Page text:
Television is not dead - it has simply morphed to a innovative mode where new talent, stories, and content is bubbling up from the more fertile primordial ooze of visual media - YouTube. Unless you have been paying attention to YouTube - which no self respecting executive admits to watching - you may have missed the fact that entire new "shows" are being birthed for categories as varied as cooking chili con carne, to Chile. And as a recent New York Time article points out, there is real advertising happening at a level sufficient to provide a living for these fledgling stars.
Who cares? Well, every product or service should care because my prediction is that every product and service will have its own "channel" populated by consumers or experts that have passion for the subject. In research I performed over ten years ago, I found that as customers learned more about a product or service they were more likely to buy more and more profitable products and services. Likewise, those firms who have great spokespeople to engage, explain and showcase their products can win attention from consumers - especially in these down markets, and in stores who rarely have salespeople who know anything about the things they are selling.
We have historical precedent for such an opportunity. In the early days of TV from the Coke Hour to Soap Operas to Hallmark Theater, firms sponsored content because great brands have known that creating new, engaging media can be a powerful method to drive brands. However, during the cable TV revolution, most companies missed the boat. Few if any food companies had anything to do with the "food network" until it was already large. A tiny Texas based media company (AHC) created it.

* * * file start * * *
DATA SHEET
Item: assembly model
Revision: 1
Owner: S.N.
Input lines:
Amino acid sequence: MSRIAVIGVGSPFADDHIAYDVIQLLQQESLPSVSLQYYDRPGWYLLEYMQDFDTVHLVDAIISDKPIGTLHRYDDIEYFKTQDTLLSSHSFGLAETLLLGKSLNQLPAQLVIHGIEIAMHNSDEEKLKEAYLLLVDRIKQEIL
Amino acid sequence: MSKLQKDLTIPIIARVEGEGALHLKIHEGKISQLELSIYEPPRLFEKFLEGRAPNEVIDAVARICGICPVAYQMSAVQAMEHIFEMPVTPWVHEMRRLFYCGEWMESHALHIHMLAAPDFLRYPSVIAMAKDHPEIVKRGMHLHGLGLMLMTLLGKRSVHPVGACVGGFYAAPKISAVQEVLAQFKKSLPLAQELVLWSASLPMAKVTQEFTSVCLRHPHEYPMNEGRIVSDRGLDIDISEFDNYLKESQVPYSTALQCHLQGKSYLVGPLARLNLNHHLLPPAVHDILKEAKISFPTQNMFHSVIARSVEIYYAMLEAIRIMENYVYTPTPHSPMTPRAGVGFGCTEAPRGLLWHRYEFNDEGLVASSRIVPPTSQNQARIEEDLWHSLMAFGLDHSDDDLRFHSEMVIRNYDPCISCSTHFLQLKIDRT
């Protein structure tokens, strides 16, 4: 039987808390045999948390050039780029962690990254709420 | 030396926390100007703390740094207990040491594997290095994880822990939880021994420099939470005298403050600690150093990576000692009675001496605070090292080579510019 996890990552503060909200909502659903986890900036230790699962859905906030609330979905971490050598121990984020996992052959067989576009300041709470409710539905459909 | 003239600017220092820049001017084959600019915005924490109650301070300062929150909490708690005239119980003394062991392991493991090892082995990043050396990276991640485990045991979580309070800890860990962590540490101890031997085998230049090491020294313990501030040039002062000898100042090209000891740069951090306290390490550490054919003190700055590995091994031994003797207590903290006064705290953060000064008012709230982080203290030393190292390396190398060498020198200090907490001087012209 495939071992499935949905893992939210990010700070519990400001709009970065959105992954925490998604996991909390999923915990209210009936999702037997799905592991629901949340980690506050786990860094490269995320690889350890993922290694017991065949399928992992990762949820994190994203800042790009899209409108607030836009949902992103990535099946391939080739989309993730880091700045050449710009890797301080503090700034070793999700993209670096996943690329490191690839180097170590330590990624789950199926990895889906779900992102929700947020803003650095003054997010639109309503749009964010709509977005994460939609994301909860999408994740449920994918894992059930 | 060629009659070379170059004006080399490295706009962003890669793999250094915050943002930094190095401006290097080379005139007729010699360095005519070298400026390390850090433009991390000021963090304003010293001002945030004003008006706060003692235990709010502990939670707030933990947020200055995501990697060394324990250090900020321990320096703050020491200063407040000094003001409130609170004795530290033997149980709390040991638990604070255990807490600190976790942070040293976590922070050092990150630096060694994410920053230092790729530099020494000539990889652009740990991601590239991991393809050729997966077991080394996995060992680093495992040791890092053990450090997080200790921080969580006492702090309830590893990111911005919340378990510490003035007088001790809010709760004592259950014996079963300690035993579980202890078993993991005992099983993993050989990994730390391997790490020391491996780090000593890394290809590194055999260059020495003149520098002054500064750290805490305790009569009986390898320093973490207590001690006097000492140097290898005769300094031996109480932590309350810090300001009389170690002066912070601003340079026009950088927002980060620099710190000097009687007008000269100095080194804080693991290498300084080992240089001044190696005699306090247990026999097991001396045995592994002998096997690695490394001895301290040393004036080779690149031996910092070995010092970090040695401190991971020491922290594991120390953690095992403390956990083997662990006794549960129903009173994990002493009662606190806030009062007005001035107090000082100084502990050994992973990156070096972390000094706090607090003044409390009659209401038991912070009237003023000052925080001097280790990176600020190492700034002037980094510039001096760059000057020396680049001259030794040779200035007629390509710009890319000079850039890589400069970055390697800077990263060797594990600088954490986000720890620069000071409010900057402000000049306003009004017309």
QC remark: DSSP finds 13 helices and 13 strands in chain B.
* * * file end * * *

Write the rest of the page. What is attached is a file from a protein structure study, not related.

Today, it seems that the major brands are staying away from this new set of YouTube stars and content. A little known woman Lauren Luke from South Shields England puts on make-up and has over 139,000 subscribers, and over 3 million channel views. A prime time cable TV channel has about a million viewers, so depending on how you count it, she may be bigger than such a media property already, and in a report on her the BBC says she may be the most famous makeup artist in the world. Expert Village is an entire cadre of budding stars who want to tell you how to do everything from playing a guitar to wrapping a package.
So, as your company is looking for ways to create demand - while spending less money - it is time to turn to the emerging world of customers and "natural" spokespeople. Your traditional star making machinery, or ad company is unlikely to find these new talents, but if you follow the emerging passion for your service or product, you may just find a new way to engage your audience cheaply and effectively. Also, remember that the future of TV is to be everywhere - on your phone, in your home, in your car and in the store - so now is the time to create a capacity to bubble up new, fresh content, regularly and organically.